Today marks the 56th birthday of Nicholas Headon, known as “Topper” because of his apparent resemblance to Mickey the Monkey whose face graced the front page of the Topper comic for many years. Headon is best known as the drummer with legendary punk band The Clash and he was a pivotal part of the group’s success in the late 1970s and the early part of the following decade.
However, his addiction to heroin caused increasing tension within the band, culminating in Headon’s departure in May 1982... although the party line was that the split was due to “exhaustion”.
In 1979, The Clash released one of the finest records of the generation with their double album London Calling. There was an tremendous amount of variety amongst the nineteen tracks, but my favourites include The Card Cheat (a song which the band never played live), Strummer’s semi-autobiographical Lost in the Supermarket and the magnificent Guns of Brixton; Paul Simonon’s first recorded attempt at singing his own composition remains as dark and menacing now as it was over thirty years ago. There is also an up-tempo cover of The Rulers’ 1967 ska classic Wrong ‘Em Boyo which doesn’t quite work for me, but it is just another example of the range of influences and culture that The Clash incorporated into their work.
Any possibility of the original line-up of The Clash reforming disappeared with the untimely passing of Joe Strummer (real name John Mellor) in December 2002, but on 9th May 1985, I was privileged (and more than a little surprised) to see Strummer and Simonon performing an impromptu acoustic set in York’s King’s Square. The picture above was taken that very afternoon, but when I arrived, I was greeted by a big crowd and I Fought the Law played by three acoustic guitarists and a drummer (using a wooden bench); it was a surreal, but amazing moment.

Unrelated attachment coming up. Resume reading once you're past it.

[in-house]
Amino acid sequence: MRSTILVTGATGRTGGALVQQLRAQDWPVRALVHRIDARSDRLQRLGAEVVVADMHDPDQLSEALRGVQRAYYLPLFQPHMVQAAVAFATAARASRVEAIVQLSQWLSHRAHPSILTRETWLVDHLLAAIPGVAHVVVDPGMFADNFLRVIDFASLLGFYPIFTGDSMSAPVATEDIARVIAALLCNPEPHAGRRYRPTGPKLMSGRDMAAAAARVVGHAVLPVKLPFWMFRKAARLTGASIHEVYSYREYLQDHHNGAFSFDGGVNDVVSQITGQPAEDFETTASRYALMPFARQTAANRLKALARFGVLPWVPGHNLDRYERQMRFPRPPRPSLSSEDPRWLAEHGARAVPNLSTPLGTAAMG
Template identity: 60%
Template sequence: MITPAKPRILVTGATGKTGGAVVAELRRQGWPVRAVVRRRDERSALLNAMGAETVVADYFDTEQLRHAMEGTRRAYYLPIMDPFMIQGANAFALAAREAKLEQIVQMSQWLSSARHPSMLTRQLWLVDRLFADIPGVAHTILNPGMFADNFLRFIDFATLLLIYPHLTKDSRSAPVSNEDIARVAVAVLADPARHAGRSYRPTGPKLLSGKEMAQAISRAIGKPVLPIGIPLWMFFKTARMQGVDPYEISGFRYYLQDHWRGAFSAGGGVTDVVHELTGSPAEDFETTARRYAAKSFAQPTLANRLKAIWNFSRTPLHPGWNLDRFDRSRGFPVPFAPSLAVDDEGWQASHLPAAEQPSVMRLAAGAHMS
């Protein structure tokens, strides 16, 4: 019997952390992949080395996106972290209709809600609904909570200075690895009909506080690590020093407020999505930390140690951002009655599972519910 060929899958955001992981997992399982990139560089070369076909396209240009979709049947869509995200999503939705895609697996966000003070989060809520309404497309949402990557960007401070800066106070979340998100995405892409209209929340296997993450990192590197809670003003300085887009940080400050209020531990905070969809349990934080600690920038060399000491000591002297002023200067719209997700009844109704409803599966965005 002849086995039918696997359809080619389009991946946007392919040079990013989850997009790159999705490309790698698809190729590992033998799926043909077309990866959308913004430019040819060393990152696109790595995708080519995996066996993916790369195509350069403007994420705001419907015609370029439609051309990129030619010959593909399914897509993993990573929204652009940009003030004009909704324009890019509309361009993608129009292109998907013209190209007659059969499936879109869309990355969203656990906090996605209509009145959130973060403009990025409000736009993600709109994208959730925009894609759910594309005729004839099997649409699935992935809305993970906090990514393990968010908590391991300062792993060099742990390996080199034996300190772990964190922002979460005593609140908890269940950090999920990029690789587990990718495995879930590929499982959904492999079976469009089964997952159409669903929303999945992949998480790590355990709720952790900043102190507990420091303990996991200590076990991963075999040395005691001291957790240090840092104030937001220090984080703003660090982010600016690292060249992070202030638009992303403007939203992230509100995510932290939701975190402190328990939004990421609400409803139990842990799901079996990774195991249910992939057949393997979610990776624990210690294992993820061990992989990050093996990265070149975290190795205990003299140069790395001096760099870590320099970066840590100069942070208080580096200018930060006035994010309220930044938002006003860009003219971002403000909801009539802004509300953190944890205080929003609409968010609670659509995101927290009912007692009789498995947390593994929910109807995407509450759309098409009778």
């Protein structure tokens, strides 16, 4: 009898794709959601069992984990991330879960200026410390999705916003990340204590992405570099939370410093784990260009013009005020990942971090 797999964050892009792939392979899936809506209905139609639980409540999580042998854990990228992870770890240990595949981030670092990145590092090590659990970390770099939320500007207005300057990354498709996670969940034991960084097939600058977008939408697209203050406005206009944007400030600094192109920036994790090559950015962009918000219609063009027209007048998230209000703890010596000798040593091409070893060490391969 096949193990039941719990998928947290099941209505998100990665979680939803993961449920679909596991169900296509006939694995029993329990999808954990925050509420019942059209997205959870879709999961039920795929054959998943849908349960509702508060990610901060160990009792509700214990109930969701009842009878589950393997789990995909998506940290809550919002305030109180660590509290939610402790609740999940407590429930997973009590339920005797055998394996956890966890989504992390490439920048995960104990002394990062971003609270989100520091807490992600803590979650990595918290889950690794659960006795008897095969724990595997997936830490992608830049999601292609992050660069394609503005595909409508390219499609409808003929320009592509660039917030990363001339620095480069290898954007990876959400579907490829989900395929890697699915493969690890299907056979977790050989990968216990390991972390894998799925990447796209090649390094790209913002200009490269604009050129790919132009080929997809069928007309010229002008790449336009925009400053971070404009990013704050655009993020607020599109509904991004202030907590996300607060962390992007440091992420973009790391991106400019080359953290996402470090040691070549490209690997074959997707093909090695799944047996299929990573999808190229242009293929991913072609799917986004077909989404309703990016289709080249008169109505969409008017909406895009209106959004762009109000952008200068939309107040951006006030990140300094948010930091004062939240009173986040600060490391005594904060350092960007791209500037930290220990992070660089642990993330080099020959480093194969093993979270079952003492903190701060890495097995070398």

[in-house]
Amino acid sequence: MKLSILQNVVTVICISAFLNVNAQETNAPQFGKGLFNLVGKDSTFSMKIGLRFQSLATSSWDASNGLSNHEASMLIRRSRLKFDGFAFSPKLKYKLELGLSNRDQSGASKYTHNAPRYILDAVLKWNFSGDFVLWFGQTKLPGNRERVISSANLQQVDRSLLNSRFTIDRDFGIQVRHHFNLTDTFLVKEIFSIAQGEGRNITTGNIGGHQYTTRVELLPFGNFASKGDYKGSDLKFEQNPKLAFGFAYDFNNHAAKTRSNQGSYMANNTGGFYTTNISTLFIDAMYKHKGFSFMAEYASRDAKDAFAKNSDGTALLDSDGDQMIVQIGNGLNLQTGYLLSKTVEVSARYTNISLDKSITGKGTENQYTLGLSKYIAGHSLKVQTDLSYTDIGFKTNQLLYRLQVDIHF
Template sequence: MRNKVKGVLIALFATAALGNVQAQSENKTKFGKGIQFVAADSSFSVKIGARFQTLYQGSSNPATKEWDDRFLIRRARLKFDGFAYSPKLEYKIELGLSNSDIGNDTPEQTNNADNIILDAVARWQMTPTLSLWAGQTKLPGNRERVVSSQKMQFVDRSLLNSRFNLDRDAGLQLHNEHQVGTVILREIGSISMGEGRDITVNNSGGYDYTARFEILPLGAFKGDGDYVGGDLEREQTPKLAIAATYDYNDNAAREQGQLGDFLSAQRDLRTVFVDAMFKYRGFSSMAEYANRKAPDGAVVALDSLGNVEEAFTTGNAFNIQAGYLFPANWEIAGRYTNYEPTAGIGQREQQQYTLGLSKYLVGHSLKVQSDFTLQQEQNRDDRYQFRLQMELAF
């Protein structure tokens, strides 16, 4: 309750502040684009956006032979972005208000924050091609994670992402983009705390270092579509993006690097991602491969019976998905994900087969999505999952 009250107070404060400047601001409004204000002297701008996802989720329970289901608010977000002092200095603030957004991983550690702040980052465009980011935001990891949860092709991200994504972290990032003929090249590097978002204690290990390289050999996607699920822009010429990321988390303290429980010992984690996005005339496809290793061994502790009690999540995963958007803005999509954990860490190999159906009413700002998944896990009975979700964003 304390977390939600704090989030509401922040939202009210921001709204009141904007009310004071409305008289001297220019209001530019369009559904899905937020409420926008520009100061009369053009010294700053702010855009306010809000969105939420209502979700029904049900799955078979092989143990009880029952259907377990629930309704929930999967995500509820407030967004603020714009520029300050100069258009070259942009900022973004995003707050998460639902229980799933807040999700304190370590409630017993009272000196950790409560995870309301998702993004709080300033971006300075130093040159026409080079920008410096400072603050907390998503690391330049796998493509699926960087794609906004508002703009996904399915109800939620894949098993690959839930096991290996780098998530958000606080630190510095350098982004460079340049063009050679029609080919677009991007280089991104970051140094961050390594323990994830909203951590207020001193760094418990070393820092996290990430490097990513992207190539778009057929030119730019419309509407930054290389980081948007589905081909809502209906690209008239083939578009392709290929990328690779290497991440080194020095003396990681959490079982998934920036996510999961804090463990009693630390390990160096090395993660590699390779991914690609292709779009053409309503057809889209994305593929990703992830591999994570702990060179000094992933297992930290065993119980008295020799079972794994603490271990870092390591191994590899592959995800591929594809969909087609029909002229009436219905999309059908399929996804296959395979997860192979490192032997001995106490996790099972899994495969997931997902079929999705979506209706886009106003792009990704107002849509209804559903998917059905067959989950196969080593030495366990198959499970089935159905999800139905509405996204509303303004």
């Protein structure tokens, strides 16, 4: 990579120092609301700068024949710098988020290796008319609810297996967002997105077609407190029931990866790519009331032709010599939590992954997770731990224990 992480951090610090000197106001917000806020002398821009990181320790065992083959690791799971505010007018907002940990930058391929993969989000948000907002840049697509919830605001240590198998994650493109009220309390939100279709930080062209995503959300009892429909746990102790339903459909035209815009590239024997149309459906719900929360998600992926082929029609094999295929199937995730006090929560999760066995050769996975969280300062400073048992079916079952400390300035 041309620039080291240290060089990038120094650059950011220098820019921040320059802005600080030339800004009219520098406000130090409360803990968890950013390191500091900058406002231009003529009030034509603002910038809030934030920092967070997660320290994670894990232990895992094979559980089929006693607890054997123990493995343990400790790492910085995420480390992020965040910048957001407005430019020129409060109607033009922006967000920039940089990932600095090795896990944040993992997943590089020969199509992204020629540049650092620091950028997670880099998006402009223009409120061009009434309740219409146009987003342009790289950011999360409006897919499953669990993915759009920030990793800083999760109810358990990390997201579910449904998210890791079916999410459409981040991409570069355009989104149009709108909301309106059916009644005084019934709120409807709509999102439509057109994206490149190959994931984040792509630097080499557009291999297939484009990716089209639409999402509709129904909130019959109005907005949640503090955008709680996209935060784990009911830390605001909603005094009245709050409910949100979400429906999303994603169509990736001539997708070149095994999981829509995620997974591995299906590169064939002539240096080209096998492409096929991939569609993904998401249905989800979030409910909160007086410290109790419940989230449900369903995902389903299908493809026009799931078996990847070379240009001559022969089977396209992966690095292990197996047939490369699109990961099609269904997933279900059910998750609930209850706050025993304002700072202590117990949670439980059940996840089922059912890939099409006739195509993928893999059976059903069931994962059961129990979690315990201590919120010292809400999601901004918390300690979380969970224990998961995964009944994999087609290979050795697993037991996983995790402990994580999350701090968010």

Some may disagree, but I believe that Messrs Fox, Jennings and Ruffy of The Ruts were marginally better musicians, but as songwriters, Strummer and Jones had their combined fingers on the political pulse of a nation. They were true masters of their craft and at least I can tell my grandchildren I saw The Clash play “live”...sort of!!
To a recent list that includes The Alarm, Killing for Company and The Karma Heart, I can now add Take That as a band I’ve seen perform live.
Something like 55,000 people were crammed into the Stadium of Light to see the opening night of the band’s Progress tour and the much heralded return of Robbie whatshisname...